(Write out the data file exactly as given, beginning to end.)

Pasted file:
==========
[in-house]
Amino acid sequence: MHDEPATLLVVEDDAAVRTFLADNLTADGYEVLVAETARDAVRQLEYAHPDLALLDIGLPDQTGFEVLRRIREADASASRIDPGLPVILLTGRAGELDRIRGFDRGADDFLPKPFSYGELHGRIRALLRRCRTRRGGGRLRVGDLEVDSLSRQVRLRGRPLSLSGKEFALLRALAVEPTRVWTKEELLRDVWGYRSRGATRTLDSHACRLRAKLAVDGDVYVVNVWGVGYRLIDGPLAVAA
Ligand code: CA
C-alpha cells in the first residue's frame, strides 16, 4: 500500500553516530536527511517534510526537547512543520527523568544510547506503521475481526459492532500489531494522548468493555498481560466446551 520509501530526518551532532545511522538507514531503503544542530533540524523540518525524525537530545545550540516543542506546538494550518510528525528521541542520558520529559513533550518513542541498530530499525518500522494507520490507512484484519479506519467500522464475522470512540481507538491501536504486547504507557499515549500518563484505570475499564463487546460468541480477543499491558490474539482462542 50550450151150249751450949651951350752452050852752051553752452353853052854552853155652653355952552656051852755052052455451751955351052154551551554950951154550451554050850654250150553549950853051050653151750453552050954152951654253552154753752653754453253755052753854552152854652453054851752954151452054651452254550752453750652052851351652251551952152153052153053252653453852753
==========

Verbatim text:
[in-house]
Amino acid sequence: MHDEPATLLVVEDDAAVRTFLADNLTADGYEVLVAETARDAVRQLEYAHPDLALLDIGLPDQTGFEVLRRIREADASASRIDPGLPVILLTGRAGELDRIRGFDRGADDFLPKPFSYGELHGRIRALLRRCRTRRGGGRLRVGDLEVDSLSRQVRLRGRPLSLSGKEFALLRALAVEPTRVWTKEELLRDVWGYRSRGATRTLDSHACRLRAKLAVDGDVYVVNVWGVGYRLIDGPLAVAA
Ligand code: CA
C-alpha cells in the first residue's frame, strides 16, 4: 500500500553516530536527511517534510526537547512543520527523568544510547506503521475481526459492532500489531494522548468493555498481560466446551 520509501530526518551532532545511522538507514531503503544542530533540524523540518525524525537530545545550540516543542506546538494550518510528525528521541542520558520529559513533550518513542541498530530499525518500522494507520490507512484484519479506519467500522464475522470512540481507538491501536504486547504507557499515549500518563484505570475499564463487546460468541480477543499491558490474539482462542 50550450151150249751450949651951350752452050852752051553752452353853052854552853155652653355952552656051852755052052455451751955351052154551551554950951154550451554050850654250150553549950853051050653151750453552050954152951654253552154753752653754453253755052753854552152854652453054851752954151452054651452254550752453750652052851351652251551952152153052153053252653453852753